As noted above, transfer criteria may indicate a user's preference to not display the thin series when images are typically viewed for reading, or not display them under only certain reading circumstances such as when the client is running witha slow network connection. Suppose the user is working on a client that has not downloaded the thin slices and decides to perform additional image processing while viewing the exam (e.g., perhaps the user wishes to create oblique slices orvolume-rendered images). When the user accesses a tool for such advanced processing, e.g., included in the client smart switching module, the system recognizes that the thin slices are not present locally, determines that the thin slices are on aconnected rendering server, and enables the user to access the advanced processing application on the server via a thin client (or other connection type), with the rendering operations performed on the server side. Alternatively, if the smart switchingapplication determines that there is no server-side rendering engine available, the smart switching module determines that the thin slices are available but will need to be downloaded, and may initiate download (and possibly background downloading) ofthe thin slices. Suppose now that the user is working on a client that has downloaded the thin slices into local memory, and decides to perform additional image processing on the thin slices. The smart switching modules may be configured to determineif there is a networked rendering server with a copy of the thin slices, and if so, initiate the processing operations on the server side immediately, with display on the client via a thin client viewer and, if there is no rendering server, make thelocally downloaded thin slices available to the locally resident processing application instead.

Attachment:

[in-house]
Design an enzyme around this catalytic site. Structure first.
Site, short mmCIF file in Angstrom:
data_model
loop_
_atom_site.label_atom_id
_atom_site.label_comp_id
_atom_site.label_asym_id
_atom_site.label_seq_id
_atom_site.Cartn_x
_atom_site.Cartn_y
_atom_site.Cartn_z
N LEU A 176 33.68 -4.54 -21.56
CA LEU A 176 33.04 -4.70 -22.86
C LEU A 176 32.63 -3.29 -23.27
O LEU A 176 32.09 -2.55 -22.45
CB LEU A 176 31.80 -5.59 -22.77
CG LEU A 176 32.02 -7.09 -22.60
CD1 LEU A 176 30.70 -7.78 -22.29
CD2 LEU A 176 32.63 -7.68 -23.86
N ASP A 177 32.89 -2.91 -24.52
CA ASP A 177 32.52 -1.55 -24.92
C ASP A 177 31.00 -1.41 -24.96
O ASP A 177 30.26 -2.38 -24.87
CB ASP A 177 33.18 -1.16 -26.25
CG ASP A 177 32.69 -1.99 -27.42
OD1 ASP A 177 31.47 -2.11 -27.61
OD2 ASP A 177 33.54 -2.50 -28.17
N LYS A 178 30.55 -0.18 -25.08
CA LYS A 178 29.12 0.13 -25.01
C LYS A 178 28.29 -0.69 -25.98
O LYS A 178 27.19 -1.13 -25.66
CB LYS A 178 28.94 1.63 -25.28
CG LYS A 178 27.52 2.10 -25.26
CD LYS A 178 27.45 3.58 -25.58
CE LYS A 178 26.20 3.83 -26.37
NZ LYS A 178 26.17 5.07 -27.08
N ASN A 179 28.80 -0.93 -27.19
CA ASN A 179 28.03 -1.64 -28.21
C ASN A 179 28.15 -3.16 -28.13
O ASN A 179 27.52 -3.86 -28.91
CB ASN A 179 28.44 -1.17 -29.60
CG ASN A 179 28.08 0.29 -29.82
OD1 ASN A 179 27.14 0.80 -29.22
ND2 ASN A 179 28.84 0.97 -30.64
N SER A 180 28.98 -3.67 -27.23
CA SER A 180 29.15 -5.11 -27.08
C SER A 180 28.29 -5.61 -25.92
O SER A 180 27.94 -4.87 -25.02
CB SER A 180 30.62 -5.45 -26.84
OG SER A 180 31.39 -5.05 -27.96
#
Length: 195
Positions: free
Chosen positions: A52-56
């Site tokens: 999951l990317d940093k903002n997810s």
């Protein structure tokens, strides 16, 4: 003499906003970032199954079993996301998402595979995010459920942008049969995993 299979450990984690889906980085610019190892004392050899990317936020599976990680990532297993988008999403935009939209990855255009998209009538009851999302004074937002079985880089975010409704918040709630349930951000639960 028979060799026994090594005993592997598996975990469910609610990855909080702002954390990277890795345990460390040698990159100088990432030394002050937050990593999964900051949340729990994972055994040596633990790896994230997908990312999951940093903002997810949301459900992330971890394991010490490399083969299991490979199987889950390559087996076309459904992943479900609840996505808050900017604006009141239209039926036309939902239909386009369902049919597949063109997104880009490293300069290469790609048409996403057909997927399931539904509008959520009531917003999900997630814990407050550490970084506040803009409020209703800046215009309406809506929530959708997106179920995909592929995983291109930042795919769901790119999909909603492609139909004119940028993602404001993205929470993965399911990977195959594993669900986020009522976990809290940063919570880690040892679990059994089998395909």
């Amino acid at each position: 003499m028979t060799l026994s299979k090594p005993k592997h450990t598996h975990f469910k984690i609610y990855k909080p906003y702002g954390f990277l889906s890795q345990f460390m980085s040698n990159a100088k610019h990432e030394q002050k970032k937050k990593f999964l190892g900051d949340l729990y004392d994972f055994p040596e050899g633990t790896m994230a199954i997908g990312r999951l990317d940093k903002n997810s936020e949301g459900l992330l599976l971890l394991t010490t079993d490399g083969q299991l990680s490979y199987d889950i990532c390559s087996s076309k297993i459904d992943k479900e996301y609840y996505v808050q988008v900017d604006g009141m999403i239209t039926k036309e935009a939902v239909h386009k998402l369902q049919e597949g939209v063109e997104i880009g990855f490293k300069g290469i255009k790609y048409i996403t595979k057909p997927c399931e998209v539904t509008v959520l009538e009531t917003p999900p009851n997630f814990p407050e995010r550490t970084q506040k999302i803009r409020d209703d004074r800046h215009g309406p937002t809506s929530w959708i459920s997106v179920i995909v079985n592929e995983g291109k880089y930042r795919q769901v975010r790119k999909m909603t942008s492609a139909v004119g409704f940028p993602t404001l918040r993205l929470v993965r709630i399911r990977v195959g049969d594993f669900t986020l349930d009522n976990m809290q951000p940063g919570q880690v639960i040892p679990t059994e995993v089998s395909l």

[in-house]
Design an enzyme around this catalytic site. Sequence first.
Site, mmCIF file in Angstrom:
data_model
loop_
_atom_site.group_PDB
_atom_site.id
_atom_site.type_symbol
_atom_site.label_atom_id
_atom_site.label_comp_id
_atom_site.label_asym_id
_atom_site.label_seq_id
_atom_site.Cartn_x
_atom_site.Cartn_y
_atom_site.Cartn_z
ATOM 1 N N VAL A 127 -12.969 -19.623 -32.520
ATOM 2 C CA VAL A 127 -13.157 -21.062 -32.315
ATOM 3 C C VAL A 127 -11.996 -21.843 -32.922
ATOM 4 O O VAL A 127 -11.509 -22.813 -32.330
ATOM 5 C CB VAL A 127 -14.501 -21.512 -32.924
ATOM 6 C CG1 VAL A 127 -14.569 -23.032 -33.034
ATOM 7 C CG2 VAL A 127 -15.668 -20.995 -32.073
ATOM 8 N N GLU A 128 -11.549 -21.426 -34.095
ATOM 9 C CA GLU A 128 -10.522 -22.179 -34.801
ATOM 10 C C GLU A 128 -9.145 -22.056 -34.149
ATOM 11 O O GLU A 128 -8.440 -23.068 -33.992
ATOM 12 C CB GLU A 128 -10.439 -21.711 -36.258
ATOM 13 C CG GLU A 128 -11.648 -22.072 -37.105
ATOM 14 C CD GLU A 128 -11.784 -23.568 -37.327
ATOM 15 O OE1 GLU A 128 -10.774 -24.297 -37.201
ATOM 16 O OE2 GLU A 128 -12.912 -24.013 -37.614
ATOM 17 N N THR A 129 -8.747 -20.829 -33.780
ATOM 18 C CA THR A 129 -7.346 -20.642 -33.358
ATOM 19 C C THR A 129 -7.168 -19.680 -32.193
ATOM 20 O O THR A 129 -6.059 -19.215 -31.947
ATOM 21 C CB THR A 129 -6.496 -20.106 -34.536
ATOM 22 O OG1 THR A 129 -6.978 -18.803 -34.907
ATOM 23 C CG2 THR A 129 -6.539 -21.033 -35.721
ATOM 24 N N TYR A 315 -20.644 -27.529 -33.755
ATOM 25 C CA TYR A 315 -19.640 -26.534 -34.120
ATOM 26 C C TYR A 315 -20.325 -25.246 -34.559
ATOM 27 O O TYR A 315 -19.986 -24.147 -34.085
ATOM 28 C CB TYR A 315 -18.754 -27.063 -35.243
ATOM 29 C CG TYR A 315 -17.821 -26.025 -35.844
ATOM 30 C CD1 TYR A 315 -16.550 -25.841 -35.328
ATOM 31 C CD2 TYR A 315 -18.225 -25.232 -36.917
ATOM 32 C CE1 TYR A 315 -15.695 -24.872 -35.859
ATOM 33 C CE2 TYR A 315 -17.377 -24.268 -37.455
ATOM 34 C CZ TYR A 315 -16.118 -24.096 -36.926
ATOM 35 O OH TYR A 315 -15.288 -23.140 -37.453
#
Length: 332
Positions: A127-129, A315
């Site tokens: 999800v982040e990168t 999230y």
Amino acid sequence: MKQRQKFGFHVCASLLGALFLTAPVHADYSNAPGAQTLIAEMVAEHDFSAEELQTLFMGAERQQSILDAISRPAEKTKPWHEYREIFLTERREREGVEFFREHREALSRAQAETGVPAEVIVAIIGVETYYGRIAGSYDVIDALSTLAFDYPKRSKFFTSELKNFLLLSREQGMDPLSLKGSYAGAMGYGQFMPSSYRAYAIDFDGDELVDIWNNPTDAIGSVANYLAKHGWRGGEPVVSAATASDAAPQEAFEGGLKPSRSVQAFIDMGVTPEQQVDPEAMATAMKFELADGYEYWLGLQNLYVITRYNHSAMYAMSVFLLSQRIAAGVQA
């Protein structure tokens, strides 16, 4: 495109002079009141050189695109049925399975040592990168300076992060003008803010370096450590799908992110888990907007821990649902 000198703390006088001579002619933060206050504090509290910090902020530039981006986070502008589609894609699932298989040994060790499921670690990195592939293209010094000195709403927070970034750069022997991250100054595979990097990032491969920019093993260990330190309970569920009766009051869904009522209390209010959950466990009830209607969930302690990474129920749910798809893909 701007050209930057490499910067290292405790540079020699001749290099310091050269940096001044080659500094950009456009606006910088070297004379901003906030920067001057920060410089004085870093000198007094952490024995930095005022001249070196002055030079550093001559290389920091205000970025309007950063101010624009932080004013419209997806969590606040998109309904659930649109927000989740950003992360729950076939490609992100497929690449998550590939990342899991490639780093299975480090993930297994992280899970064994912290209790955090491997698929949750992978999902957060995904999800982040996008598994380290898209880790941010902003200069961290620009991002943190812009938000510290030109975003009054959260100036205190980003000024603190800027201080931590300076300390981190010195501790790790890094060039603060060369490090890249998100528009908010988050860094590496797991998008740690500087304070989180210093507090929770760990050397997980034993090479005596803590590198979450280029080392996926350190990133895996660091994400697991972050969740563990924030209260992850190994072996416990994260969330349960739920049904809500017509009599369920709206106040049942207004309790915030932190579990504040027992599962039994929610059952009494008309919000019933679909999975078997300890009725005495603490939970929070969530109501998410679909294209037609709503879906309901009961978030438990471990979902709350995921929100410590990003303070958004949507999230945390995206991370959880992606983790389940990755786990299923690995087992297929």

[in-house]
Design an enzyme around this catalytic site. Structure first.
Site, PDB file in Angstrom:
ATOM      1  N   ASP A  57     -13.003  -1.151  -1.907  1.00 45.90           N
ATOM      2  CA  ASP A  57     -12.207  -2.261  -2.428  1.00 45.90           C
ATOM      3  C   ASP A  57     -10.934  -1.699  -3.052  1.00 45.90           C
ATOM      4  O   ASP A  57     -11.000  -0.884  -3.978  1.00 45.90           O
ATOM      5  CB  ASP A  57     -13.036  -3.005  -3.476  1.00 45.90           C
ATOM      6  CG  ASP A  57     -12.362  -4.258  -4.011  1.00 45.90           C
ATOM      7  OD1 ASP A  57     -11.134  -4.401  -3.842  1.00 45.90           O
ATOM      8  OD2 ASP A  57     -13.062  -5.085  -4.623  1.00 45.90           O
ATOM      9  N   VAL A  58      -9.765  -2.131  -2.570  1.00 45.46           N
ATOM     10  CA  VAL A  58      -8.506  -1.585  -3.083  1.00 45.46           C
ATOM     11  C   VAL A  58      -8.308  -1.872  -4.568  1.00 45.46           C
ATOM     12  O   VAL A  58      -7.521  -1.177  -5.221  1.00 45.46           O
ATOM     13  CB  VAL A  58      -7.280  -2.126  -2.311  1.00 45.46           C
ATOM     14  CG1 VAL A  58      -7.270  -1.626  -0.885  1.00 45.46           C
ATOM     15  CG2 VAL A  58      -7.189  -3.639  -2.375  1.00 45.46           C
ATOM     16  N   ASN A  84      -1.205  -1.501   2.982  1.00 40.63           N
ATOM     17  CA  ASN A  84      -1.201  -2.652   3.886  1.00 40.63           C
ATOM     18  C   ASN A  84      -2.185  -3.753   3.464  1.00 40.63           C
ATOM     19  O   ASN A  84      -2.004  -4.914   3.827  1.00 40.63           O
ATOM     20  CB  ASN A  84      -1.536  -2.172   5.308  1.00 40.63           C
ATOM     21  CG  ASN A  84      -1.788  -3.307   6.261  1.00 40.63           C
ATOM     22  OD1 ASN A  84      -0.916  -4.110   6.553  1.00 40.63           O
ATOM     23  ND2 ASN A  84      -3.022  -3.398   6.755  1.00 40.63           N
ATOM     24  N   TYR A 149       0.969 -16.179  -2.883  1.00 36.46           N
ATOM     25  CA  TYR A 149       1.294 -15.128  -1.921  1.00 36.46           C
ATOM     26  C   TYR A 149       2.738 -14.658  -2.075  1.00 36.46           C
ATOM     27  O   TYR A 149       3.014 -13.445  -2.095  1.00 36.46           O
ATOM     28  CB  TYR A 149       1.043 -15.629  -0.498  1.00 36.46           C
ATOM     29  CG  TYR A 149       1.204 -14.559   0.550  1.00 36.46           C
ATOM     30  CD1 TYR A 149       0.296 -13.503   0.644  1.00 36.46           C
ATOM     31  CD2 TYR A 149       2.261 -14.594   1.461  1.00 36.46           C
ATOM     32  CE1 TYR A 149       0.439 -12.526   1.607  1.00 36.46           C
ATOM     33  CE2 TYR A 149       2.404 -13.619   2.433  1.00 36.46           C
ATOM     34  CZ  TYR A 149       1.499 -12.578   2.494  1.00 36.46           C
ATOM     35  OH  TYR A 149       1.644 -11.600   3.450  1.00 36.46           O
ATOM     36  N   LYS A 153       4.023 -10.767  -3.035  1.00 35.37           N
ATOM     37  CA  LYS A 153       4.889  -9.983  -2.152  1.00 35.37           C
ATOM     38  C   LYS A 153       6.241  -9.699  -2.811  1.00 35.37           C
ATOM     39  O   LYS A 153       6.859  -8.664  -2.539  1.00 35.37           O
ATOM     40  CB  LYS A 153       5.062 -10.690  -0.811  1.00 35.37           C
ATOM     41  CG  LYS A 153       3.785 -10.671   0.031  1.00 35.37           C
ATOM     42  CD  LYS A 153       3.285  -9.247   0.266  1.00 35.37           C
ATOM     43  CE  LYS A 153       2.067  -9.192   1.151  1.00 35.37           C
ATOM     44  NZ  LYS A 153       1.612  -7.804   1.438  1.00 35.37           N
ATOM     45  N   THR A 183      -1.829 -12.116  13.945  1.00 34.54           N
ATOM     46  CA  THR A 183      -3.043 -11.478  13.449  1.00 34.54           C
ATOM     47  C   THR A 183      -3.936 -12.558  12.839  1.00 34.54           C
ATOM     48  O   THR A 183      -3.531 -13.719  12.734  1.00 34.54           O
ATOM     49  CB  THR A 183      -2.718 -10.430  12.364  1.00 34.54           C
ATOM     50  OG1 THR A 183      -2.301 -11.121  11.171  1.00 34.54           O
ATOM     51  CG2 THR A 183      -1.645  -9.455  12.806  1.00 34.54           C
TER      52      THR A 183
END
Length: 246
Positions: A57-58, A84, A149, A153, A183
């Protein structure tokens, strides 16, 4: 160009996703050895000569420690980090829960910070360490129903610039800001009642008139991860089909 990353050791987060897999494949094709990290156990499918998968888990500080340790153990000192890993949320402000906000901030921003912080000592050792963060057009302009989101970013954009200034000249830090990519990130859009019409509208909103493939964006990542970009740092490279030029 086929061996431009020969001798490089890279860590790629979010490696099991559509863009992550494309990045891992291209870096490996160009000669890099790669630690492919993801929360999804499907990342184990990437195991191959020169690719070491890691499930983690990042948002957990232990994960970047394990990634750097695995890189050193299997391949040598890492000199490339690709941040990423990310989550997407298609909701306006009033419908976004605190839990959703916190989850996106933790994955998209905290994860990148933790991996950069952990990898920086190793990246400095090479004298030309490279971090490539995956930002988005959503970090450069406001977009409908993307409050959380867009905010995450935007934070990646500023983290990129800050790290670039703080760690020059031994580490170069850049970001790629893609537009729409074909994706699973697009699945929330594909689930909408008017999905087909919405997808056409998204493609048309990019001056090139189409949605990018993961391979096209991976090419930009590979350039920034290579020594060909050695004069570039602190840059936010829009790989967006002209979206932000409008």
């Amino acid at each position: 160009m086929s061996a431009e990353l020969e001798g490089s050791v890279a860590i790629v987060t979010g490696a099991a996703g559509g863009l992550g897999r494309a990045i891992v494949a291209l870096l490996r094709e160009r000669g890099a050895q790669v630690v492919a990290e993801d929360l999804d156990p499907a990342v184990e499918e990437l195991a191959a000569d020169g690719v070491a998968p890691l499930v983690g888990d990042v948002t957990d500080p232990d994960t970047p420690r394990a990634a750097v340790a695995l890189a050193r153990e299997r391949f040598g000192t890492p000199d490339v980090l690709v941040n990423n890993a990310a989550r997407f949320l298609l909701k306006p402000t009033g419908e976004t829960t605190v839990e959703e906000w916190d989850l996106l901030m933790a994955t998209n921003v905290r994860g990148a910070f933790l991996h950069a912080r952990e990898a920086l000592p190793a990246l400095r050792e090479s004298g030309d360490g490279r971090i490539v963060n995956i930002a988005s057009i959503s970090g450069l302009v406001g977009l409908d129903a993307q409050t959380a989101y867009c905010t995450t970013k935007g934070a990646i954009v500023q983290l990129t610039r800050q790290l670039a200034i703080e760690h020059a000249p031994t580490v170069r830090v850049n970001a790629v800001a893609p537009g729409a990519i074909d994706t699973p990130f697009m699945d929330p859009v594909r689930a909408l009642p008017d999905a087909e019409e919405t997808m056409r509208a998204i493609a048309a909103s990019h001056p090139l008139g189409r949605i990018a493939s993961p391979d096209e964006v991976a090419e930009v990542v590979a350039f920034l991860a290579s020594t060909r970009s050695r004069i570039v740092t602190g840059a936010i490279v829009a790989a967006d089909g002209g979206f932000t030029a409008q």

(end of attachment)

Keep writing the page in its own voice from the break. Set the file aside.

Use of one or more smart switching modules may advantageously load-balance activities of clients and servers in a way that can be user defined and based on real-time availability of one or more servers, for example. Such load balancing mayallow the rendering server to store fewer exams, while allowing for decreased processing times to process data sets that might normally be processed by a client when the server is available for processing. As noted above, a smart switching system foradvanced image processing may be combined with rules of varying types, including rules for defining thin slices. In one embodiment, a smart switching module supports the following workflow: (1) if a rule is set (e.g., a user, site, device, or otherrule) to show no thin slices, the thin slices are not displayed under the indicated rule preferences (e.g., site rules may indicate that thin slices are not to be downloaded or viewed at a home location), and only the thick slice images are presented;(2) if a user wants to have an exam automatically loaded in advanced visualization mode (or otherwise processed) by rule or switch to that mode, and the thin slices are available on the rendering server, the thin slices can be rendered by the renderingserver with minimal delay (as compared to the delay in rendering that might be experienced if rendered on the client); and/or (3) if a user wants to have an exam automatically loaded in advanced visualization mode by rule or switch to that mode, but theimages are not available on any rendering server (e.g., the rendering server(s) are busy, down, not available, or absent entirely), the local client is used to render the thin slices, such as by making the appropriate dataset available to the clientprocessing application in background so that other work can be performed in the meantime.

Rendering Server Cluster or Grid

In some embodiments, a rendering server may comprise a cluster or grid of computing devices. For example, a rendering server may include many computing devices that could serve as rendering servers, dedicated rendering servers, and/or othercomputing devices that can also serve as a rendering server, such as PACS workstation that renders images in a background process for other viewing devices.

For server side rendering, images may or may not be stored at each rendering device (where there are multiple possible rendering devices). For example, if there are multiple rendering devices capable of serving as a rendering server, it may notbe efficient for each of them to have a copy of all the cases that might be subjected to rendering. Rendering may include any type of image generation or modification, such as 3D image rendering, 2D image rendering, adjusting a bit depth of images(e.g., adjusting 12-bit DICOM images into 8-bit JPEG images so they can be displayed in browsers and other light clients), and/or any other image manipulations. For ease of explanation, 3D rendering is discussed herein; however, any discussion of 3Drendering should be construed to also describe any other type of rendering.